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Humanitarian community calls for urgent action on adaptation and disaster risk reduction to protect the world's most vulnerable people

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COPENHAGEN, 15 December 2009 - Vulnerable communities and humanitarian agencies have spoken out today with the powerful message that 'Climate change is already affecting millions of the world's most vulnerable - we must work together now to help them adapt'.

'Humanitarian Day' events at COP15 highlighted the urgency with which the world community needs to act, to deal with the very real challenges already affecting some of the poorest and vulnerable people in risk-prone countries, especially children and young people.

As key speakers from affected countries, NGOs, the Red Cross/Red Crescent movement and UN agencies noted throughout the day, these range from hunger and malnutrition, public health threats from disease, and competition over scarce resources such as water, to displacement and migration to safer and more stable environments.

Such unprecedented impacts could overwhelm national governments and global disaster management systems, warned Emergency Relief Coordinator and Under-Secretary-General for Humanitarian Affairs, John Holmes, emphasizing that any agreement on adaptation must include disaster risk reduction and disaster preparedness measures.

"Disaster risk reduction, disaster preparedness and response are vital frontline defences for vulnerable communities, especially in risk-prone parts of the world," he said. "While humanitarian organizations can help reduce the impacts of extreme weather on people, we must support governments in investing in and strengthening disaster management systems now, in order to save lives".

Helping nations and at-risk communities to swiftly and adequately adapt to the changing reality is the overarching priority for all, as evidenced by the testimony of hundreds of climate witnesses, youth representatives and humanitarian leaders today.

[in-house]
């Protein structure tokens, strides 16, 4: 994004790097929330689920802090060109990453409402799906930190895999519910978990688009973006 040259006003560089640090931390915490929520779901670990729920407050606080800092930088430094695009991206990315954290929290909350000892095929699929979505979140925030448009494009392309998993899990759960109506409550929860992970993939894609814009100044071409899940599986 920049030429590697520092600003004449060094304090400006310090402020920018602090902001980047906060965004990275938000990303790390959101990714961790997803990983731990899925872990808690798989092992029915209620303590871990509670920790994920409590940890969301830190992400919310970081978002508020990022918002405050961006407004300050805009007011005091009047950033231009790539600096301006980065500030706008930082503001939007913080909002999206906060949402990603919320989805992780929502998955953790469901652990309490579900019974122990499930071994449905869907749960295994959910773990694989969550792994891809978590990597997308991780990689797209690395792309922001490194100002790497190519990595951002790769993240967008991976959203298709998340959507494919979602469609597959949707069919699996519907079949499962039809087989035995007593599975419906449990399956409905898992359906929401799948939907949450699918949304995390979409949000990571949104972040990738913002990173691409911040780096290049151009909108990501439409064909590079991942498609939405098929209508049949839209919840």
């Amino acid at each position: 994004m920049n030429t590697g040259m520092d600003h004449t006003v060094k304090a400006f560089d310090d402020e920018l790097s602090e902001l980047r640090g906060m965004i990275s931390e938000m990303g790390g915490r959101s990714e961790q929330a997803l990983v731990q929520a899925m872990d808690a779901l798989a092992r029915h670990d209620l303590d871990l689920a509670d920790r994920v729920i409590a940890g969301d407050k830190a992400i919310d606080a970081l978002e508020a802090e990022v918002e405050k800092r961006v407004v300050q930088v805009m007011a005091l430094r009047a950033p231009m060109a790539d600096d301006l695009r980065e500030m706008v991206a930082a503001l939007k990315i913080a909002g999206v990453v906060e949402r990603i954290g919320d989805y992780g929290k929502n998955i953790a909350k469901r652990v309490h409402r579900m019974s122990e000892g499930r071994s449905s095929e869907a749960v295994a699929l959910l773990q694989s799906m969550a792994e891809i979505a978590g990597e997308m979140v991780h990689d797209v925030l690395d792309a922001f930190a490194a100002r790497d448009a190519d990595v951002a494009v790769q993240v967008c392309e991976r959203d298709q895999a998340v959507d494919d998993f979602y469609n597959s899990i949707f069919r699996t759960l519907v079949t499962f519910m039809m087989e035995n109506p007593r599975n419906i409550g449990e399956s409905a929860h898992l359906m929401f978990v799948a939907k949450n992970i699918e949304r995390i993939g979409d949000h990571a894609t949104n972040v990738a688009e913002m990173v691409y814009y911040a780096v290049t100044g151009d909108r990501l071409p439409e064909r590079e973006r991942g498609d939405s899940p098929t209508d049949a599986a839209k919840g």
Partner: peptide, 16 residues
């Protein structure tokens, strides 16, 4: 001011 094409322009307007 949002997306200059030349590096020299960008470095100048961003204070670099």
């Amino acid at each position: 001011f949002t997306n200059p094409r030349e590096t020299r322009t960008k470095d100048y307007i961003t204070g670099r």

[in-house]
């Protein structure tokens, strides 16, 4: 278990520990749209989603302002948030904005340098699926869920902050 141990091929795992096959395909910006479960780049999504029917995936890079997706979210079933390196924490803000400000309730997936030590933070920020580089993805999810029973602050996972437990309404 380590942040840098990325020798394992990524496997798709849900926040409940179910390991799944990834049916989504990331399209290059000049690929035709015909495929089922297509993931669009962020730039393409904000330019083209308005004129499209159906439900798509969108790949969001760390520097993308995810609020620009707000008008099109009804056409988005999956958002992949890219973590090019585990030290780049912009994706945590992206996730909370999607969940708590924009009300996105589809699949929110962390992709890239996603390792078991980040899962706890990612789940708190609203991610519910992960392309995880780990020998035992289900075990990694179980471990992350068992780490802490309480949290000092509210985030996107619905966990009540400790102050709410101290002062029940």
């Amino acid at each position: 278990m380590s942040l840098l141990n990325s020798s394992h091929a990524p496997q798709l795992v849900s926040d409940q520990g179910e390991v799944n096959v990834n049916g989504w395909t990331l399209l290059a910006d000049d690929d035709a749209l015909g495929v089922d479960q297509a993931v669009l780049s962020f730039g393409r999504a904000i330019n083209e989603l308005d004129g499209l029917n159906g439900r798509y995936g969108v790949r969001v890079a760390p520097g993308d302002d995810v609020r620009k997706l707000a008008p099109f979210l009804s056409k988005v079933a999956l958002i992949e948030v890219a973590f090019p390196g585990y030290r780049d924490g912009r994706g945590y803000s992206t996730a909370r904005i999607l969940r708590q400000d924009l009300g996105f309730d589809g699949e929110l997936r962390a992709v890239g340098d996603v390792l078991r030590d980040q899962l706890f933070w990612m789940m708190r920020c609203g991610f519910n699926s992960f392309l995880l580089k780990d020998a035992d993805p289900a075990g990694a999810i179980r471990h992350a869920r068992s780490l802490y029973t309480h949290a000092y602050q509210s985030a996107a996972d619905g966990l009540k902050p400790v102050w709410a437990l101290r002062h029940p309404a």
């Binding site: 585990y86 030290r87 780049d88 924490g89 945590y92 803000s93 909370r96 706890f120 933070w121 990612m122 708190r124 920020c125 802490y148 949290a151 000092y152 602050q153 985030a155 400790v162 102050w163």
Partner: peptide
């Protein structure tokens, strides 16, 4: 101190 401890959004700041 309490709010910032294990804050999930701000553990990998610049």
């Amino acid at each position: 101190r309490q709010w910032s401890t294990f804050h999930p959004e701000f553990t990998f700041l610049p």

"Poor people in developing countries, who bear over 90 per cent of the climate change burden through death, disease, destitution and loss of livelihoods, must be central players in developing adaptation solutions that help the most vulnerable", said Barbara Stocking, CEO of Oxfam Great Britain.

Thirteen year old Sok, from Seda Commune near Kampong Cham in Cambodia, said, "We are suffering a drought and have a lot more hot weather than before, so now our family needs to pump water for our rice fields from sources further away. Our parents cannot manage by themselves, so when the situation is urgent we have to miss school to help them out."

"The interests of the most vulnerable communities will be best served by a strong agreement signed by all governments here in Copenhagen", underlined the Secretary-General of the International Federation of Red Cross and Red Crescent Societies, Bekele Geleta. "Yet regardless of the outcomes, our focus will remain on supporting the most vulnerable and working with governments, and within communities, to reduce vulnerability."

Humanitarian-themed events continue in Copenhagen on 16 December, when attention will be drawn to the critical human security challenges of migration and displacement.

For further information on humanitarian concerns and interview opportunities, please contact:

Amanda Pitt, UNOCHA
pitta@un.org
Tel. +1 917 442 1810

Zach Abraham, IFRC
zach.abraham@ifrc.org
Tel. +41 79 308 9804

UN Office for the Coordination of Humanitarian Affairs
To learn more about OCHA's activities, please visit https://www.unocha.org/.